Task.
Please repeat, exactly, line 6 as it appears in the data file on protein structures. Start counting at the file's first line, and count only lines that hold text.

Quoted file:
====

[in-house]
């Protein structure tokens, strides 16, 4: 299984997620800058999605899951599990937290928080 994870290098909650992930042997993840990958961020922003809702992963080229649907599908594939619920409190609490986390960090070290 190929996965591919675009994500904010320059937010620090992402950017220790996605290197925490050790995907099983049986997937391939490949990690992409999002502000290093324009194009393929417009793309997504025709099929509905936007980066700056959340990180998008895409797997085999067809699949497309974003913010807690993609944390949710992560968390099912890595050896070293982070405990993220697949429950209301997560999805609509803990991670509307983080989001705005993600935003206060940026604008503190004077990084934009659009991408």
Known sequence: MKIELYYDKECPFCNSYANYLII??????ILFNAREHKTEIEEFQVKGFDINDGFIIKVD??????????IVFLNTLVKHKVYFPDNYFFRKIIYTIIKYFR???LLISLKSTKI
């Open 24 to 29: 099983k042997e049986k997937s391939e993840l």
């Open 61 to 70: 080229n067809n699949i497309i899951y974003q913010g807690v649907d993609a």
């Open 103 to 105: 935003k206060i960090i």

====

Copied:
């Open 103 to 105: 935003k206060i960090i």